The Ali in the decades since has embarked on a new battle, this time against Parkinson’s disease. But he has handled his affliction with as much dignity and resolve as any previous challenge which, to some, makes him even more iconic. 

This year has seen a petition launched by British boxer David Haye, currently with 23,000 signatures, asking the Queen to honour Muhammad Ali with a knighthood. 

Miami Beach, Florida, 1978
“While in Miami Beach, Veronica [Ali’s third wife] and Muhammad had their second daughter, Laila. I asked to take pictures of her when she was just two-and-a-half weeks old. He agreed and we went to their apartment where he lay on the floor and held his child in his hands for this rare, tender moment of father and daughter.”


It is hard not to remain fascinated by him, as a new exhibition in London by photojournalist Michael Gaffney shows. Working as Ali’s personal photographer from 1977 to 1978, Gaffney documented training sessions, family moments and three fantastic fights – a tough win against Earnie Shavers, the loss of his title to Leon Spinks, and then a rematch with Spinks in which he regained the World Heavyweight Championship for an unprecedented third time.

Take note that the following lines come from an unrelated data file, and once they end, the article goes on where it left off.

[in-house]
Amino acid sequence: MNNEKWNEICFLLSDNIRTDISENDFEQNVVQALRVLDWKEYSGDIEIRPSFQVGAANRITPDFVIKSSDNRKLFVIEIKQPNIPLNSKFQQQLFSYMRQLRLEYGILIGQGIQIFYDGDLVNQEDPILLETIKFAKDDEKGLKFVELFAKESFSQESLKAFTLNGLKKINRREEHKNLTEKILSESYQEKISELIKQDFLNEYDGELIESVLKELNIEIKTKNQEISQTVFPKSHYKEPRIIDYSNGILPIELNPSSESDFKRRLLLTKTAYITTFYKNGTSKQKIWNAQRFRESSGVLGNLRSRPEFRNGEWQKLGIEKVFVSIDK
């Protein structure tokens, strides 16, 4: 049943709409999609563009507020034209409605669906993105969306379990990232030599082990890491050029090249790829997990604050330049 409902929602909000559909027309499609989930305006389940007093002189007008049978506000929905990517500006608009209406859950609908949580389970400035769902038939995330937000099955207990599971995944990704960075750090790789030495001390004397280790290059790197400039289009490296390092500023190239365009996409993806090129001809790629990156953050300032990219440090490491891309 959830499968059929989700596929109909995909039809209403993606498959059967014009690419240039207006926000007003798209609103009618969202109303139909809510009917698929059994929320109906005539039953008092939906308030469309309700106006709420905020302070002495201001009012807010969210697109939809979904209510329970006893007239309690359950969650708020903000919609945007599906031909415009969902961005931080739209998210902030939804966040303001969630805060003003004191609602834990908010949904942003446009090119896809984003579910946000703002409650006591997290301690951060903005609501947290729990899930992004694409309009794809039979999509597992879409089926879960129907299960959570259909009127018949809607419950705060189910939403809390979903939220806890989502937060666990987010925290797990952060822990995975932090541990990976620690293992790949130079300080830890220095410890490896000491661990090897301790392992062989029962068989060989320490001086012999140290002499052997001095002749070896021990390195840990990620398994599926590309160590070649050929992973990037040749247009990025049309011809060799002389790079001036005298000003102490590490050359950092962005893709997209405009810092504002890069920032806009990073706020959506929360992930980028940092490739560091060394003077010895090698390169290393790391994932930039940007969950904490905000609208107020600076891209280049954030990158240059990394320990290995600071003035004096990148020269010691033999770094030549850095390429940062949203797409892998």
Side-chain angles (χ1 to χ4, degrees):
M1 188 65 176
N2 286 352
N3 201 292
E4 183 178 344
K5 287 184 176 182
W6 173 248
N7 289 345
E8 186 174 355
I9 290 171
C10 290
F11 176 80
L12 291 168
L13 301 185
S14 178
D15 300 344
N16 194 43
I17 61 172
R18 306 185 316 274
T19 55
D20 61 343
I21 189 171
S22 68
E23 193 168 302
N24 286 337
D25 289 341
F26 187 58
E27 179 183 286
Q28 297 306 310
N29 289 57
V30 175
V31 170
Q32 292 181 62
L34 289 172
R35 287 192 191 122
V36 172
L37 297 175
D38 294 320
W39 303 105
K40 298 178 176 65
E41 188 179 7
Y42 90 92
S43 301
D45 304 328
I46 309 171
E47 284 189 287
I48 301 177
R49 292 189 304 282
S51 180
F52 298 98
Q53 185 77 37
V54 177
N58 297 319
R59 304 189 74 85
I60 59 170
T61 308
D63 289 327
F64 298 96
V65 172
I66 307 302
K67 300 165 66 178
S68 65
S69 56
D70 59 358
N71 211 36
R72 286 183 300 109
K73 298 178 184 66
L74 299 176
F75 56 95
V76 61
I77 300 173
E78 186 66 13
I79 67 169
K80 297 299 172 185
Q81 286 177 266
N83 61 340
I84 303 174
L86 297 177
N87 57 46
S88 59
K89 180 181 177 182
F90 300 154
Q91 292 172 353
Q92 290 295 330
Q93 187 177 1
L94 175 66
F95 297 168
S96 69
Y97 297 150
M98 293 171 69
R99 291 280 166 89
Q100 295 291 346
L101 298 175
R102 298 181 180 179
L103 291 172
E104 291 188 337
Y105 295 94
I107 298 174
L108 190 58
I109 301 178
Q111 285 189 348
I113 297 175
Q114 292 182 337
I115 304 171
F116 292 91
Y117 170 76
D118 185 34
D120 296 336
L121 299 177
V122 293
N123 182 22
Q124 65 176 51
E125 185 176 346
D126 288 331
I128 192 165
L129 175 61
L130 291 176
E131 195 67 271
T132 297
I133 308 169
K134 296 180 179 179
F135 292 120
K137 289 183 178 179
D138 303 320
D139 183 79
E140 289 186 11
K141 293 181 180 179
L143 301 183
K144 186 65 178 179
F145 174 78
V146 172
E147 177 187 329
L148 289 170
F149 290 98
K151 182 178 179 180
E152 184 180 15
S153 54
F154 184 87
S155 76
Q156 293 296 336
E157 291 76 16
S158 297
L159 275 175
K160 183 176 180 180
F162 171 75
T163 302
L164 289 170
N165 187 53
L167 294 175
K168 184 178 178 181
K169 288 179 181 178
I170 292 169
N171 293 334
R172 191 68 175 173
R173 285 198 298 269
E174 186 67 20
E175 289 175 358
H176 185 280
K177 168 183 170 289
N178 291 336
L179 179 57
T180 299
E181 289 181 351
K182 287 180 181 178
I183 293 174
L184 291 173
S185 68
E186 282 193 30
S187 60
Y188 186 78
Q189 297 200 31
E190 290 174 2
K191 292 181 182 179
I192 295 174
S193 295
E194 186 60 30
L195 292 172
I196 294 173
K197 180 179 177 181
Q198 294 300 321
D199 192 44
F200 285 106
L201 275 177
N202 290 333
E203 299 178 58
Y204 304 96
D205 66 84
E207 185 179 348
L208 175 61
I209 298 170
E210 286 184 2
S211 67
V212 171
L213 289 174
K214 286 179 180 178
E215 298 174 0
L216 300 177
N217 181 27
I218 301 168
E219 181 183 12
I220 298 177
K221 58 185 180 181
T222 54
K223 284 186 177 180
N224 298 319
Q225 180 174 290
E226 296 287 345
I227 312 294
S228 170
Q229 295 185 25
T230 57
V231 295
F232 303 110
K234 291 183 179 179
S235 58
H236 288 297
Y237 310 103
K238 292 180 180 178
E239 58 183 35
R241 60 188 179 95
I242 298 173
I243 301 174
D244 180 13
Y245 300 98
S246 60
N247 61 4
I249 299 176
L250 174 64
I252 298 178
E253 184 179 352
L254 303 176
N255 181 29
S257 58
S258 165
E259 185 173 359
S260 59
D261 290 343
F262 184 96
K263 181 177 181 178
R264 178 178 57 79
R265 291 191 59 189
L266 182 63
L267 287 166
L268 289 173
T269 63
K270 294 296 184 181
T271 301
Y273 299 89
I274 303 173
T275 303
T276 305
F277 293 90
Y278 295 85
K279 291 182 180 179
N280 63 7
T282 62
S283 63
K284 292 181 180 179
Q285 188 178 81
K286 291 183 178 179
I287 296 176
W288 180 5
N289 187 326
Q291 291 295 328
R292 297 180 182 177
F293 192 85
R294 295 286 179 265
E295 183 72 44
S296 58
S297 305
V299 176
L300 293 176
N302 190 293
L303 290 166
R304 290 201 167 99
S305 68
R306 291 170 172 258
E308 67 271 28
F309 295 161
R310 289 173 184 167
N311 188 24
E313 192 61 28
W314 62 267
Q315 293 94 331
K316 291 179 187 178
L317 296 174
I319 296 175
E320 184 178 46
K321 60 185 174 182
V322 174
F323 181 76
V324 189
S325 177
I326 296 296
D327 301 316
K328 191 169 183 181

It was a fascinating period, starting with Ali at his peak, still with the title he had won from Foreman in 1974, having disposed of any serious challengers, including closest rival Joe Frazier. But it was also a dangerous time, during which Ali started to believe the hype. He believed he was better than everybody, he relaxed his training and took time out to play himself in a movie about his life, The Greatest in 1977. 

Louisiana Superdome, New Orleans, 1978
“The moment Ali defeated Spinks and won the World Heavyweight Championship for a third time. The feat still stands today, having never been accomplished before or since. Ali’s bodyguard, Pat Patterson, shot his hand high up into the historic night as Ali was triumphantly raised onto the shoulders of his crew. But there was also a sadness in his eyes, as if he knew his career was coming to an end.” 


He underestimated Spinks, who had only eight fights to his name. Perhaps most tragically, Ali’s doctor, Ferdie Pacheco, quit the boxer’s camp, as he saw the early signs of Parkinson's and requested that the champion retire.

But as Gaffney shows off his images, it becomes evident that the impression left on the photographer is nothing less than perfect. “This is a rare insider’s look at one of the most extraordinary people of our lifetime,” he says. “It was my job to document this year in the life of Muhammad Ali and show future generations how he made the world a better place.” 

Madison Square Garden, New York, 1977
“The press loved covering Ali’s wildly entertaining press conferences. Hours before the Earnie Shavers fight, a simple weigh-in – rarely, if ever, covered by the press before Ali arrived on the boxing scene – became an international news event.” 


CREDIT FOR ALL IMAGES: © Michael Gaffney

The Champ: My Year with Muhammad Ali by Michael Gaffney exhibition is at the Proud Camden gallery in London, until May 15. proud.co.uk